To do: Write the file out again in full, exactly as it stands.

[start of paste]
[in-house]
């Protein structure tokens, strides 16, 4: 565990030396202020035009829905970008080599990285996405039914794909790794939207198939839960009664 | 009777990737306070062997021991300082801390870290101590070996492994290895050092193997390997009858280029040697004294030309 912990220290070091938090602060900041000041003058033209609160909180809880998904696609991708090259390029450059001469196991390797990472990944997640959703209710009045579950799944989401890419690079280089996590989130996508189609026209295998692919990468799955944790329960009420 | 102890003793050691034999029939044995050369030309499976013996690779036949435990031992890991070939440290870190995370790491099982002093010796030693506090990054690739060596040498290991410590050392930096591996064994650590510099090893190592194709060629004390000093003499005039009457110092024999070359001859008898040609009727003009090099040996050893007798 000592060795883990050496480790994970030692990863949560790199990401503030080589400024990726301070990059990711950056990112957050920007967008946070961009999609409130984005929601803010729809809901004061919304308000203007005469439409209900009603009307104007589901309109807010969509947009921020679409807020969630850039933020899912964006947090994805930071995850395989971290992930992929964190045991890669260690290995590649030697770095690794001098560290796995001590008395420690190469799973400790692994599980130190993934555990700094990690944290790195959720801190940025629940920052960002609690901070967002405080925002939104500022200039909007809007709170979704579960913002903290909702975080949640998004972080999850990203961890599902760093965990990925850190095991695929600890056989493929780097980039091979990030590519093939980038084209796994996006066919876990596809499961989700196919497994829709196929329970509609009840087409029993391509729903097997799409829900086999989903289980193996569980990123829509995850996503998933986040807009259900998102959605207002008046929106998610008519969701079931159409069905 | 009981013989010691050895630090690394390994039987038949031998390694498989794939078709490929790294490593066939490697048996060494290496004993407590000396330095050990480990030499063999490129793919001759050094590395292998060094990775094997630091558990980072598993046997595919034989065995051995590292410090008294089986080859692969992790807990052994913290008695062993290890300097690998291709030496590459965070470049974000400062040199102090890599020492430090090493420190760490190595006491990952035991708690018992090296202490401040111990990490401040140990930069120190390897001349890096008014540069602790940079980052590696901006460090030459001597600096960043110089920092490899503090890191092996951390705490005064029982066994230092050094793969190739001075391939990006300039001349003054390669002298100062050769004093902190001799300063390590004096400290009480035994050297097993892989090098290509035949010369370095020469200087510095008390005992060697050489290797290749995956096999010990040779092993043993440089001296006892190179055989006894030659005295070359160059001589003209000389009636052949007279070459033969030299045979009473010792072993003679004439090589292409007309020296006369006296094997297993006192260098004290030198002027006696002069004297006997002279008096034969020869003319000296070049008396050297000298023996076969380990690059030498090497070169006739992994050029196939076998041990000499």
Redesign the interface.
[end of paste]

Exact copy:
[in-house]
């Protein structure tokens, strides 16, 4: 565990030396202020035009829905970008080599990285996405039914794909790794939207198939839960009664 | 009777990737306070062997021991300082801390870290101590070996492994290895050092193997390997009858280029040697004294030309 912990220290070091938090602060900041000041003058033209609160909180809880998904696609991708090259390029450059001469196991390797990472990944997640959703209710009045579950799944989401890419690079280089996590989130996508189609026209295998692919990468799955944790329960009420 | 102890003793050691034999029939044995050369030309499976013996690779036949435990031992890991070939440290870190995370790491099982002093010796030693506090990054690739060596040498290991410590050392930096591996064994650590510099090893190592194709060629004390000093003499005039009457110092024999070359001859008898040609009727003009090099040996050893007798 000592060795883990050496480790994970030692990863949560790199990401503030080589400024990726301070990059990711950056990112957050920007967008946070961009999609409130984005929601803010729809809901004061919304308000203007005469439409209900009603009307104007589901309109807010969509947009921020679409807020969630850039933020899912964006947090994805930071995850395989971290992930992929964190045991890669260690290995590649030697770095690794001098560290796995001590008395420690190469799973400790692994599980130190993934555990700094990690944290790195959720801190940025629940920052960002609690901070967002405080925002939104500022200039909007809007709170979704579960913002903290909702975080949640998004972080999850990203961890599902760093965990990925850190095991695929600890056989493929780097980039091979990030590519093939980038084209796994996006066919876990596809499961989700196919497994829709196929329970509609009840087409029993391509729903097997799409829900086999989903289980193996569980990123829509995850996503998933986040807009259900998102959605207002008046929106998610008519969701079931159409069905 | 009981013989010691050895630090690394390994039987038949031998390694498989794939078709490929790294490593066939490697048996060494290496004993407590000396330095050990480990030499063999490129793919001759050094590395292998060094990775094997630091558990980072598993046997595919034989065995051995590292410090008294089986080859692969992790807990052994913290008695062993290890300097690998291709030496590459965070470049974000400062040199102090890599020492430090090493420190760490190595006491990952035991708690018992090296202490401040111990990490401040140990930069120190390897001349890096008014540069602790940079980052590696901006460090030459001597600096960043110089920092490899503090890191092996951390705490005064029982066994230092050094793969190739001075391939990006300039001349003054390669002298100062050769004093902190001799300063390590004096400290009480035994050297097993892989090098290509035949010369370095020469200087510095008390005992060697050489290797290749995956096999010990040779092993043993440089001296006892190179055989006894030659005295070359160059001589003209000389009636052949007279070459033969030299045979009473010792072993003679004439090589292409007309020296006369006296094997297993006192260098004290030198002027006696002069004297006997002279008096034969020869003319000296070049008396050297000298023996076969380990690059030498090497070169006739992994050029196939076998041990000499």
Redesign the interface.